The Storm After The Storm: Disaster’s Mental Toll

We are almost two month past the most horrible natural disasters of this century so far–Hurricane Harvey and Hurricane Irma–as well as major earthquakes all over the world reeking havoc with daily lives everywhere.  There is a storm after all the events are gone that very few are addressing and that is the toll to the mental health of people who have survived such a terrible event.

PTSD is real and it can damage your life if left untreated.  People with PTSD have trouble functioning, their thought run in a circle, and they don’t know what to do to stop them.

We as a nation are not doing enough–or anything–to address the mental health fallout that these horrible events have caused to millions of people.  Please read this article and if any of this fits, reach out for the help you deserve and need.


The Storm After The Storm: Disaster’s Mental Toll

“We got the house ready,” says Mendez, a 68-year-old English professor from Cutler Bay, about 30 miles south of downtown Miami. The family put up the hurricane shutters, wrapped paintings and other valuables, and moved the patio furniture inside.Suddenly, however, Maria ran out of the house.”I opened the gate and started running,” she says.

Her husband, Alfredo, and daughter Ana led her back to the house, calmed her down, and the family safely evacuated.

In hindsight, Maria knows what was behind her need to escape. Irma had triggered a reliving of Hurricane Andrew in 1992, when they lost their house, cars, and boat. During that storm, the family had holed up in the house, terrified as the bathroom ceiling collapsed and the roof blew away.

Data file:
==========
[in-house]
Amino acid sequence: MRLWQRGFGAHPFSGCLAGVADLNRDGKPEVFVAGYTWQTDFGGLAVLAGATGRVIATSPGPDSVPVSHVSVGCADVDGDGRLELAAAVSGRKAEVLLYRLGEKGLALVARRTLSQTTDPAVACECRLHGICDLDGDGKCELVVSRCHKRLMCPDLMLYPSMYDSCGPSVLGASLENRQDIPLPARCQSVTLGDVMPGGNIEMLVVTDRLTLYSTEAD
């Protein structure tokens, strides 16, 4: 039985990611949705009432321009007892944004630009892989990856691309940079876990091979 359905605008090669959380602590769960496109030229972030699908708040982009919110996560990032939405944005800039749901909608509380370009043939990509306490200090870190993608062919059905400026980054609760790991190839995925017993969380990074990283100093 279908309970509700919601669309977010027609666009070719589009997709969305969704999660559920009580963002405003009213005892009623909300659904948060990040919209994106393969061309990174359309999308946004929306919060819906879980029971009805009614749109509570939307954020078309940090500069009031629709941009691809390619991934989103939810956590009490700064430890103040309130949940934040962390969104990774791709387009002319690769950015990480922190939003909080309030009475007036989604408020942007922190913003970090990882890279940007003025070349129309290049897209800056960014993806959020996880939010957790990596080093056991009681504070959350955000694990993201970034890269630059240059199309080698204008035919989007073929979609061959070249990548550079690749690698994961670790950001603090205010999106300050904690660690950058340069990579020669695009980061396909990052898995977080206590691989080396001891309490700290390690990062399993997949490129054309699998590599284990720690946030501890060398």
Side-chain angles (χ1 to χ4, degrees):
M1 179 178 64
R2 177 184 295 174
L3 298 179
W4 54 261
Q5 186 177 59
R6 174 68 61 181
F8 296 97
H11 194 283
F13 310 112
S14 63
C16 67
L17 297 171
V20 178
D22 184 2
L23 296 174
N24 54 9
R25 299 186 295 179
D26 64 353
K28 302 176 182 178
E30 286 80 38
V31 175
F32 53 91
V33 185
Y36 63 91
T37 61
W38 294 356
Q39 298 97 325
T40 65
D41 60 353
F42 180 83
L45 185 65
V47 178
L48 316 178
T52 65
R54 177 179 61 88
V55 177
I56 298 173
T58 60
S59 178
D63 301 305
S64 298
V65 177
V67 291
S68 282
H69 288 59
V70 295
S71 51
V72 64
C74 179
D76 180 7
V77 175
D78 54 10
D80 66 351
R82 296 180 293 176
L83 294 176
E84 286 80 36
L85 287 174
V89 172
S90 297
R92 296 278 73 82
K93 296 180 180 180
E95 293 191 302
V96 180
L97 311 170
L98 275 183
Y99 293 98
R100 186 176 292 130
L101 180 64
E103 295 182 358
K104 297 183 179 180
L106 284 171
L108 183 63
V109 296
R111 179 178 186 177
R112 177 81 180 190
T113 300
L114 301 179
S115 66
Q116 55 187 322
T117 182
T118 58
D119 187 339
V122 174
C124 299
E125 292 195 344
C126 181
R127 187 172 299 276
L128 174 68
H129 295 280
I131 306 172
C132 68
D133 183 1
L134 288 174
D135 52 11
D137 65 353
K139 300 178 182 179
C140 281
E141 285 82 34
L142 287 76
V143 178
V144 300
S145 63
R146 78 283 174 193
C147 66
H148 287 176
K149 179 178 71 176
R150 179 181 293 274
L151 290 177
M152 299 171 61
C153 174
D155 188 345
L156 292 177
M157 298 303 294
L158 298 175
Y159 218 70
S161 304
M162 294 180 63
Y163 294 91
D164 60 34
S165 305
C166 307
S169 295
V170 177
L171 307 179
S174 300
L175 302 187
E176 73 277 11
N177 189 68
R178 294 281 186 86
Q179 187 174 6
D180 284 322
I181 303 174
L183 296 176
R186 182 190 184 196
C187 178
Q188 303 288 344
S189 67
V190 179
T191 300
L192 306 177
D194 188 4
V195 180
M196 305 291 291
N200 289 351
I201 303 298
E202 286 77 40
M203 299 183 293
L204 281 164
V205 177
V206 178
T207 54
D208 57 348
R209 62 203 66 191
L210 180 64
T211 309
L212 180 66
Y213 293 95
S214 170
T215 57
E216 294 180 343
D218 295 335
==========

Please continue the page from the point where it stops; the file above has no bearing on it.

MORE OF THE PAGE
“We were sure we were going to die,” she remembers. The psychologistwho diagnosed her posttraumatic stress disorder (PTSD) after Hurricane Andrew had said to expect unusual reactions when disaster strikes.

With seemingly endless recent disasters — hurricanes in Texas, Florida, and the Caribbean; wildfires out West; and now, major earthquakes in Mexico — the immediate concern of the ones affected is survival: eating, drinking, and finding a place to sleep.

But soon after, the mental health fallout can start.

What’s ‘Normal’ After Disaster?

Experts notice a pattern of mental health symptoms after disasters, says Yuval Neria, PhD, professor of medical psychology and director of the PTSD treatment and research program at Columbia University Medical Center. “Usually what we see first is the anxiety, fear, the difficulty in concentrating and functioning,” he says.

Read the rest of this article here.


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